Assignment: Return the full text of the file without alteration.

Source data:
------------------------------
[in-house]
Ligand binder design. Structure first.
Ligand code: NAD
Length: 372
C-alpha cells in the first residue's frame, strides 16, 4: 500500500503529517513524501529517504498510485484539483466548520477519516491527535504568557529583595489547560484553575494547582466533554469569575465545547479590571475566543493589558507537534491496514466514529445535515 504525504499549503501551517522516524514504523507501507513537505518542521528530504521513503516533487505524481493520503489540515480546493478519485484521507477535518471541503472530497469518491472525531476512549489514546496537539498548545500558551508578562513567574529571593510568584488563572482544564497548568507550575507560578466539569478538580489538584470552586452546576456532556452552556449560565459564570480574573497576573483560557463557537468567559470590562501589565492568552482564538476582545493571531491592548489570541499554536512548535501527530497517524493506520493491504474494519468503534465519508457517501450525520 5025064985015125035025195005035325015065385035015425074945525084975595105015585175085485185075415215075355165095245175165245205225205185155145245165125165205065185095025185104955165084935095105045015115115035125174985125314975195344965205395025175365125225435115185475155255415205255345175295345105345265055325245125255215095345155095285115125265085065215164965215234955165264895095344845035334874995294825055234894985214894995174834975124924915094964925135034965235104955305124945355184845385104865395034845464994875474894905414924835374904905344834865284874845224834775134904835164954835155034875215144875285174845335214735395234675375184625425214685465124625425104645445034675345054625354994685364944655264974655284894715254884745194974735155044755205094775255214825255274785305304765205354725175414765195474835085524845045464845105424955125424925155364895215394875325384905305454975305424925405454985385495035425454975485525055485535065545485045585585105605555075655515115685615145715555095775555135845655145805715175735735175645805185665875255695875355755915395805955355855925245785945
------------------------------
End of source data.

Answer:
[in-house]
Ligand binder design. Structure first.
Ligand code: NAD
Length: 372
C-alpha cells in the first residue's frame, strides 16, 4: 500500500503529517513524501529517504498510485484539483466548520477519516491527535504568557529583595489547560484553575494547582466533554469569575465545547479590571475566543493589558507537534491496514466514529445535515 504525504499549503501551517522516524514504523507501507513537505518542521528530504521513503516533487505524481493520503489540515480546493478519485484521507477535518471541503472530497469518491472525531476512549489514546496537539498548545500558551508578562513567574529571593510568584488563572482544564497548568507550575507560578466539569478538580489538584470552586452546576456532556452552556449560565459564570480574573497576573483560557463557537468567559470590562501589565492568552482564538476582545493571531491592548489570541499554536512548535501527530497517524493506520493491504474494519468503534465519508457517501450525520 5025064985015125035025195005035325015065385035015425074945525084975595105015585175085485185075415215075355165095245175165245205225205185155145245165125165205065185095025185104955165084935095105045015115115035125174985125314975195344965205395025175365125225435115185475155255415205255345175295345105345265055325245125255215095345155095285115125265085065215164965215234955165264895095344845035334874995294825055234894985214894995174834975124924915094964925135034965235104955305124945355184845385104865395034845464994875474894905414924835374904905344834865284874845224834775134904835164954835155034875215144875285174845335214735395234675375184625425214685465124625425104645445034675345054625354994685364944655264974655284894715254884745194974735155044755205094775255214825255274785305304765205354725175414765195474835085524845045464845105424955125424925155364895215394875325384905305454975305424925405454985385495035425454975485525055485535065545485045585585105605555075655515115685615145715555095775555135845655145805715175735735175645805185665875255695875355755915395805955355855925245785945